Safety pharmacology studies are performed for risk analysis, assessment, and management in pharmaceutical development. These studies are aimed at identifying any relevant undesirable pharmacodynamic properties and adverse affects of a substance before it reaches Phase I studies. Safety pharmacology studies can also be used to investigate the mechanism(s) underlying adverse affects. These studies are performed for pharmaceuticals, agrochemicals, cosmetics, food/feed additives and contaminants, novel foods, and biocides.

The core safety pharmacology tests look for effects on the circulatory, respiratory, and central nervous systems. These may be supplemented with studies of the renal system, the gastrointestinal system, or other organ systems depending on the specific compound being tested. These tests are carried out under a rigorous level of scrutiny, typically under the Good Laboratory Practices (GLP) standard.

All countries require that several types of safety pharmacology studies be done before they will grant a company permission to market it in that country. The exact requirements vary from country to country, and some are more demanding than others. This is changing as the International Conference on Harmonisation of Technical Requirements for Registration of Pharmaceuticals for Human Use (ICH for short) has been working to make it easier to bring drugs to market across the world by standardizing (harmonising) the requirements.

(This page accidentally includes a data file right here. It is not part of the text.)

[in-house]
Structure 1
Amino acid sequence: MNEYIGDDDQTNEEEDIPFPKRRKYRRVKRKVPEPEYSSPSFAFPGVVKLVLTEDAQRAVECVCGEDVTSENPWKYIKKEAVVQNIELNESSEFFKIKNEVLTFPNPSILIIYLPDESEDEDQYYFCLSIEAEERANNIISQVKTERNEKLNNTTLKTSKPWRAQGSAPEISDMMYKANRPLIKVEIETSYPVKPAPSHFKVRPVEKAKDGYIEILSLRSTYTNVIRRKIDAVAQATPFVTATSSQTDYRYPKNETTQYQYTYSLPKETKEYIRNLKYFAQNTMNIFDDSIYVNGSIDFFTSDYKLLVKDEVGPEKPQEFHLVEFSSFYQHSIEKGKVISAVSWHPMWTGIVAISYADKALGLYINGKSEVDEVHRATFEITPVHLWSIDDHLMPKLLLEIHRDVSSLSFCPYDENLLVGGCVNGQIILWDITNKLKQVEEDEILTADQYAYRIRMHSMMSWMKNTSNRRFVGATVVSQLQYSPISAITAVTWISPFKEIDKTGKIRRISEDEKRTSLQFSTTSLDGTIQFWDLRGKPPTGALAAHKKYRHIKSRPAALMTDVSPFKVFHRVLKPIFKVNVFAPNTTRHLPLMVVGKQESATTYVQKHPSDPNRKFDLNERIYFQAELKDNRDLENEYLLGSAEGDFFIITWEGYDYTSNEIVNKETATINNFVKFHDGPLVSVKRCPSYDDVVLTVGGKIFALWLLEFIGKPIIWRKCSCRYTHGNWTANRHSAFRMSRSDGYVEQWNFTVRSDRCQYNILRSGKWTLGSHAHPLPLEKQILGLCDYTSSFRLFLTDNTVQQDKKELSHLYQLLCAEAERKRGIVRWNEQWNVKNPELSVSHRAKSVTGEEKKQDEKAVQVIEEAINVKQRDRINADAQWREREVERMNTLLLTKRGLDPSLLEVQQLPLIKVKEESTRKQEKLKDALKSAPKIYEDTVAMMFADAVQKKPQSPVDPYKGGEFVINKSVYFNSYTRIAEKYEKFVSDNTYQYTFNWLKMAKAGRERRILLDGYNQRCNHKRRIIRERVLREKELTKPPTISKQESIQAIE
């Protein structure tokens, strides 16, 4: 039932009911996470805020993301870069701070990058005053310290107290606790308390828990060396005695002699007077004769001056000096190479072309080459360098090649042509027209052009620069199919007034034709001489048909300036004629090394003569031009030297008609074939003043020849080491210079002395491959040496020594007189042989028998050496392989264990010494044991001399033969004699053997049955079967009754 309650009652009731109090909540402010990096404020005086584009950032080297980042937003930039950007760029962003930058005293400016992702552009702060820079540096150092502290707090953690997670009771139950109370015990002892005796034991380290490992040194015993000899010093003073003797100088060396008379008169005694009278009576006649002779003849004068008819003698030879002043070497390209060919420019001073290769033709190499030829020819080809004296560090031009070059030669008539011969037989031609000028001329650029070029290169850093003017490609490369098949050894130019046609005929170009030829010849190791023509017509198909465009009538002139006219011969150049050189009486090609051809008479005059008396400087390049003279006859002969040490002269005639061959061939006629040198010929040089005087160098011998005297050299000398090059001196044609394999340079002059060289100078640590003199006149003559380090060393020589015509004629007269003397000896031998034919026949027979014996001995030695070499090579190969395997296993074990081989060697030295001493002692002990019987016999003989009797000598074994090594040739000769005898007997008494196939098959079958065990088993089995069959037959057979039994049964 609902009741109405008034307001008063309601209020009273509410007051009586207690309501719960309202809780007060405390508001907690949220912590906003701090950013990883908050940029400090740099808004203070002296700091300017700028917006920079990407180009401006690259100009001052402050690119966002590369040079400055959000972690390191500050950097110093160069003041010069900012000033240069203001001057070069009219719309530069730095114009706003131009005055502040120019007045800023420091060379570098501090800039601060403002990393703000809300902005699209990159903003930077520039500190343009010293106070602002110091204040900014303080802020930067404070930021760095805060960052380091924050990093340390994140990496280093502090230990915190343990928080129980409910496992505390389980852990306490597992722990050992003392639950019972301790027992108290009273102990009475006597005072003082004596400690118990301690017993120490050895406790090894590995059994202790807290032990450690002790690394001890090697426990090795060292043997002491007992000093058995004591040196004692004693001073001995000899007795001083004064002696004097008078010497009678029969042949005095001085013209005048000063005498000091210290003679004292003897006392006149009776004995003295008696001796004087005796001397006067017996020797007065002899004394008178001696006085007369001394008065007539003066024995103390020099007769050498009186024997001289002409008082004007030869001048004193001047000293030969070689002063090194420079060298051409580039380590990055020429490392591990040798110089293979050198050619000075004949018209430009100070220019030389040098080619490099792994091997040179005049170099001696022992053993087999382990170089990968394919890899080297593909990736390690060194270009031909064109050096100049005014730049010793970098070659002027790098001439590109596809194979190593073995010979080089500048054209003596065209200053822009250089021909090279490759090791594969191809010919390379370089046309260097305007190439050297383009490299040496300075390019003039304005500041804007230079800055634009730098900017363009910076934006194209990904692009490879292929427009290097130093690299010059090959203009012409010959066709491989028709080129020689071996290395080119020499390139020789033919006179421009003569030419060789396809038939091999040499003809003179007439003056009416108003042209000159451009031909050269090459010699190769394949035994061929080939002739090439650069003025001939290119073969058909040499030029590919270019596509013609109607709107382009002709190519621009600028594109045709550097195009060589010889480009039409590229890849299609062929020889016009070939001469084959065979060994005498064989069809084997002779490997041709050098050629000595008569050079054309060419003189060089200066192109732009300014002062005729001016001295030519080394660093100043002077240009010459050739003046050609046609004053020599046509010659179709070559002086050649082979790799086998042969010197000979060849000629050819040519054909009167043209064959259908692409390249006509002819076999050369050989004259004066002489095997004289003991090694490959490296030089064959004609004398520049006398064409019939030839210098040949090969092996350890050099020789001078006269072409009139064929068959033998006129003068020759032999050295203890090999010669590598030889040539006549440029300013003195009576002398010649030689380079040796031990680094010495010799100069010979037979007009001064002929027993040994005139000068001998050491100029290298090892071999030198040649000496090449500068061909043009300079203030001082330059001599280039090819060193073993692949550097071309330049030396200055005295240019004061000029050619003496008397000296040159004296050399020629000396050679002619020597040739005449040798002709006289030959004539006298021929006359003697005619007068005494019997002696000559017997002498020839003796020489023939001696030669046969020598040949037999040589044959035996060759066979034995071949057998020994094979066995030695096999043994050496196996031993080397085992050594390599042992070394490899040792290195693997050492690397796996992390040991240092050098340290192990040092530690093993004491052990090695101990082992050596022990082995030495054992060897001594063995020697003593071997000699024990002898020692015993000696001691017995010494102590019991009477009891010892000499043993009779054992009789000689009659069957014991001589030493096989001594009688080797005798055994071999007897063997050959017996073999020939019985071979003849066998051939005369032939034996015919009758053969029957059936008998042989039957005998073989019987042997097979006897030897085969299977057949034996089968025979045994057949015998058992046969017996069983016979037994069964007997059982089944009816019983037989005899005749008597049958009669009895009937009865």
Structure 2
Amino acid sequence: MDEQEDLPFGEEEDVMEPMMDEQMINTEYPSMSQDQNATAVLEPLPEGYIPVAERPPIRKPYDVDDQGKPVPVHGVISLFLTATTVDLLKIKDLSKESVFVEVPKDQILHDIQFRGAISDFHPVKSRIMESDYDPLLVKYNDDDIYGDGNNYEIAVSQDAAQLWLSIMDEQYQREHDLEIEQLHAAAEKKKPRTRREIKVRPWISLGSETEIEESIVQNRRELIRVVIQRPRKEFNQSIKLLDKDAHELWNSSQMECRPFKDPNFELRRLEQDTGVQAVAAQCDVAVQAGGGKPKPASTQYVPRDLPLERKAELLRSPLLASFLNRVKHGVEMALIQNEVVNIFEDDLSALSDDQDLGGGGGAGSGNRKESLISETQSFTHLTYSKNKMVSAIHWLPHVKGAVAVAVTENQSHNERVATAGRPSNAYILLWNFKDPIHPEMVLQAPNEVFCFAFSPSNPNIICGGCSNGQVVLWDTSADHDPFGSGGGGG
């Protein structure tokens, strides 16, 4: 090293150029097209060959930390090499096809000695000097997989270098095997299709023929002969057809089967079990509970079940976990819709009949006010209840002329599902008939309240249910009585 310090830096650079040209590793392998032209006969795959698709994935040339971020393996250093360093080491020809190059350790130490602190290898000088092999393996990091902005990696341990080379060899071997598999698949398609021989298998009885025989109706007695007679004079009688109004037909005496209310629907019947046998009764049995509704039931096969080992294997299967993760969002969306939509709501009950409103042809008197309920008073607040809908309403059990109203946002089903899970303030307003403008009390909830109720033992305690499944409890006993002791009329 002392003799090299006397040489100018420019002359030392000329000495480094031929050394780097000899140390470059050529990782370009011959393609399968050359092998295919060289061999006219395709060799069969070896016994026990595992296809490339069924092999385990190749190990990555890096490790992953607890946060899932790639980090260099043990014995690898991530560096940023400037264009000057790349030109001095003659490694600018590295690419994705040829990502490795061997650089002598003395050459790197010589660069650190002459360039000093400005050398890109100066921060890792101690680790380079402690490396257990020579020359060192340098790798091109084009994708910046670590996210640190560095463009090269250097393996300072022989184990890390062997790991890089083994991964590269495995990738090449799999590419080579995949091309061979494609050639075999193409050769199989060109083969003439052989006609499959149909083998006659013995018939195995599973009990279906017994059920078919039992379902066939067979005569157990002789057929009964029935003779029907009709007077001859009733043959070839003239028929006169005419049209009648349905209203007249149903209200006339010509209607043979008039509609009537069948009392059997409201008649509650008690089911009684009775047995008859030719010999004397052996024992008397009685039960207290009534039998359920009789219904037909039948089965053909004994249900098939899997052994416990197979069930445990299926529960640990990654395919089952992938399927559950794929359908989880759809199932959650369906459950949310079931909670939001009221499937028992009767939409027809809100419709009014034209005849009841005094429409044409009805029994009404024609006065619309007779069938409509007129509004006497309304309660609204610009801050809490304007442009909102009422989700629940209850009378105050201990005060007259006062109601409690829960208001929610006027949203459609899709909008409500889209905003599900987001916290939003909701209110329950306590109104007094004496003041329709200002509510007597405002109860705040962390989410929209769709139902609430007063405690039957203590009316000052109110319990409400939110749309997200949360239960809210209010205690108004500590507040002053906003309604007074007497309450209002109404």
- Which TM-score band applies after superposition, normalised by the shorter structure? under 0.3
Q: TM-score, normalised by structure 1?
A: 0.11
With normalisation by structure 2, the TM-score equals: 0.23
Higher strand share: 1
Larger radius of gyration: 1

Some links for further reading:
  • The ICH website:
  • The FDA website:
  • The ICH/FDA guidance paper that scopes safety pharmaceutical studies:
  • The Safety Pharmacology Society:
  • American Association for Laboratory Animal Science:
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